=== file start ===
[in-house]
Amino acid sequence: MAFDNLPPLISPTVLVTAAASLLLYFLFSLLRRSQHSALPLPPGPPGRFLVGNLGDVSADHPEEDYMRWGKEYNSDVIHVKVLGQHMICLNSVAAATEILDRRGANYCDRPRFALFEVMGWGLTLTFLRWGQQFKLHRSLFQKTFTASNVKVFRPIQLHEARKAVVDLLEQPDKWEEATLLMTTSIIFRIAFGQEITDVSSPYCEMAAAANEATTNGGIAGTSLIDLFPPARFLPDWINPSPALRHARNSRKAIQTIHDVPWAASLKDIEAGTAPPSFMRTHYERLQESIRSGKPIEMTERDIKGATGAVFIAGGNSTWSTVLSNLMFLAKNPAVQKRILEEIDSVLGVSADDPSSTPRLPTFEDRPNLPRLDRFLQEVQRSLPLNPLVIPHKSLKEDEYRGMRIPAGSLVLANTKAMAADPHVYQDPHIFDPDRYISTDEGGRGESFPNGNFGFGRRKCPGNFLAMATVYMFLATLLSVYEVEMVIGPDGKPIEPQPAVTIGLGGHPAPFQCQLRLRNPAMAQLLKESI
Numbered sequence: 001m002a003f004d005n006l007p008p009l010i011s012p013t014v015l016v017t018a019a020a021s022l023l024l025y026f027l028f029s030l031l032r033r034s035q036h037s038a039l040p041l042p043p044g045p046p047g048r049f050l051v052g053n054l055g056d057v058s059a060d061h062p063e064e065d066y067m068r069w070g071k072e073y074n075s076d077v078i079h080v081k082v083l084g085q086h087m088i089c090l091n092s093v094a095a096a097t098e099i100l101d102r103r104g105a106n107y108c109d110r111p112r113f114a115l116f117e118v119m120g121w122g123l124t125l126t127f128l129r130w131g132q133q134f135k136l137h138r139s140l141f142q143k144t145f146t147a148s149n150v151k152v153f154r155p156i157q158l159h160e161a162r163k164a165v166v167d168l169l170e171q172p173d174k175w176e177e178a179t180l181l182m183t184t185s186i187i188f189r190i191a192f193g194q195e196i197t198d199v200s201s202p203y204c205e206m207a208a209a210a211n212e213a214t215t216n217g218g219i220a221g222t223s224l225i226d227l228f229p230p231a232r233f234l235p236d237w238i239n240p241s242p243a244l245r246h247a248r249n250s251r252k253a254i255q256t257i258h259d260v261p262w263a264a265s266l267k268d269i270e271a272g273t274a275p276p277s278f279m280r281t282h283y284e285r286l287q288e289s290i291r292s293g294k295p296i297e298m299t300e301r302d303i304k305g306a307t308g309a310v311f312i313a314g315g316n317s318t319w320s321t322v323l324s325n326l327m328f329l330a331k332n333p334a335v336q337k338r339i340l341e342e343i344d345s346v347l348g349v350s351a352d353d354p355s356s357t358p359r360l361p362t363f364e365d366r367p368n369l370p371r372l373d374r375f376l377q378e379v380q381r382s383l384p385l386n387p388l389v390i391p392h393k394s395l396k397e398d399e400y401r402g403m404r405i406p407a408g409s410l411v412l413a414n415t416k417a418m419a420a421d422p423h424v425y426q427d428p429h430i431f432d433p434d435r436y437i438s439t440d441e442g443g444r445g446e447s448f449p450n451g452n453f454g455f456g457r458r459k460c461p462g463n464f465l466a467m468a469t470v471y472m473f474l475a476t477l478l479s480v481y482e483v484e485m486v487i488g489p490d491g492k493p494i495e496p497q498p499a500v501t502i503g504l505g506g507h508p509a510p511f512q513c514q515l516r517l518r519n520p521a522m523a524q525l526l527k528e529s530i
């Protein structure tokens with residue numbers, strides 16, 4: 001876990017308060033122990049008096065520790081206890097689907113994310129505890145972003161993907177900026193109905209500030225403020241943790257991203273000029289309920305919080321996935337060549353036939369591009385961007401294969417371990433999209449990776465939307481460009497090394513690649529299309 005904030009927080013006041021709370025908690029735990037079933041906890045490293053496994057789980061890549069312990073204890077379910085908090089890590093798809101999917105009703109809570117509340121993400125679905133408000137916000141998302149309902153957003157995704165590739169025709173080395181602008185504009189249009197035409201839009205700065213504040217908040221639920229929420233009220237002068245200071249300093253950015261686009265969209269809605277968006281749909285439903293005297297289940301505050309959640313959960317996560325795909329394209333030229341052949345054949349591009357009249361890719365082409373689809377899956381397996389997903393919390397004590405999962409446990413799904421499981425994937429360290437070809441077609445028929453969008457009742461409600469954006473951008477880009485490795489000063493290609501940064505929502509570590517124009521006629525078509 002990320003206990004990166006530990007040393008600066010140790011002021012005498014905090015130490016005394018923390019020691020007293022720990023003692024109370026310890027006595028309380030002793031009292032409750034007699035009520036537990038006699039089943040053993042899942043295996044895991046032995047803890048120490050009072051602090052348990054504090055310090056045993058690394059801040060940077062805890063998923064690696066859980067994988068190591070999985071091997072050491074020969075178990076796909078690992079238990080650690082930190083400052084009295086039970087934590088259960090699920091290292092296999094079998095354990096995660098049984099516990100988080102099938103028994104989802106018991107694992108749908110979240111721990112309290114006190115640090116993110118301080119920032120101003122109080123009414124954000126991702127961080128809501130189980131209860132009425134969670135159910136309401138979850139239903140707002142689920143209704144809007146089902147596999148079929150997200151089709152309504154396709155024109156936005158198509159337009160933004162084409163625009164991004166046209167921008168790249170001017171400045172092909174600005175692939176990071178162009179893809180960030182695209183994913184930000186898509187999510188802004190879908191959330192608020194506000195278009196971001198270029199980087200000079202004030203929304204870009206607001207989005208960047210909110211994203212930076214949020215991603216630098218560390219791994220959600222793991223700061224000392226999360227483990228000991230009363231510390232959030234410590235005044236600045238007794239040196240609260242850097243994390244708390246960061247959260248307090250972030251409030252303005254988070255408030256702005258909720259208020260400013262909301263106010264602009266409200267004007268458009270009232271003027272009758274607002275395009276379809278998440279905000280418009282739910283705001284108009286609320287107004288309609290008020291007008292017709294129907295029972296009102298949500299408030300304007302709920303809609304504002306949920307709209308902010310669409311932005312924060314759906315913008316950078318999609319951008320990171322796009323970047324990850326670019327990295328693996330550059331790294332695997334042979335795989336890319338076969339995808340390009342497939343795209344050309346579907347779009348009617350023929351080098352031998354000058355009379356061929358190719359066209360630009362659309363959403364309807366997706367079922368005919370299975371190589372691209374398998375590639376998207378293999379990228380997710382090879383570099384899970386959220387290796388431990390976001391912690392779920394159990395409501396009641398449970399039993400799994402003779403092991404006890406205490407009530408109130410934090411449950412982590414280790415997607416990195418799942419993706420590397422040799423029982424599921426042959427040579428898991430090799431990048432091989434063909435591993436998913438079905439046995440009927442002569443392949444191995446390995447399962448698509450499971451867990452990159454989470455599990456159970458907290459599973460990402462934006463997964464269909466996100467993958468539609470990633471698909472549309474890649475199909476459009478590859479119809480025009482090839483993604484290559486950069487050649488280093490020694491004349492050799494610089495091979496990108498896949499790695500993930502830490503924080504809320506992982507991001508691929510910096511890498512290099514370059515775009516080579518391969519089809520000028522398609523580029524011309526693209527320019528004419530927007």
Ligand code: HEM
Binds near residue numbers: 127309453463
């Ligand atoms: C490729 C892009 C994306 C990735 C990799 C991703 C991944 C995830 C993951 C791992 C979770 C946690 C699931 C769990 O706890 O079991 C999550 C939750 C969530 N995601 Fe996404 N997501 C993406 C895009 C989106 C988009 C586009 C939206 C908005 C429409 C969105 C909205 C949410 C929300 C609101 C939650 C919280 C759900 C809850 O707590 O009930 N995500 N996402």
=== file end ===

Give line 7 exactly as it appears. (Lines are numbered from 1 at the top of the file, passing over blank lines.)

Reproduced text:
């Ligand atoms: C490729 C892009 C994306 C990735 C990799 C991703 C991944 C995830 C993951 C791992 C979770 C946690 C699931 C769990 O706890 O079991 C999550 C939750 C969530 N995601 Fe996404 N997501 C993406 C895009 C989106 C988009 C586009 C939206 C908005 C429409 C969105 C909205 C949410 C929300 C609101 C939650 C919280 C759900 C809850 O707590 O009930 N995500 N996402």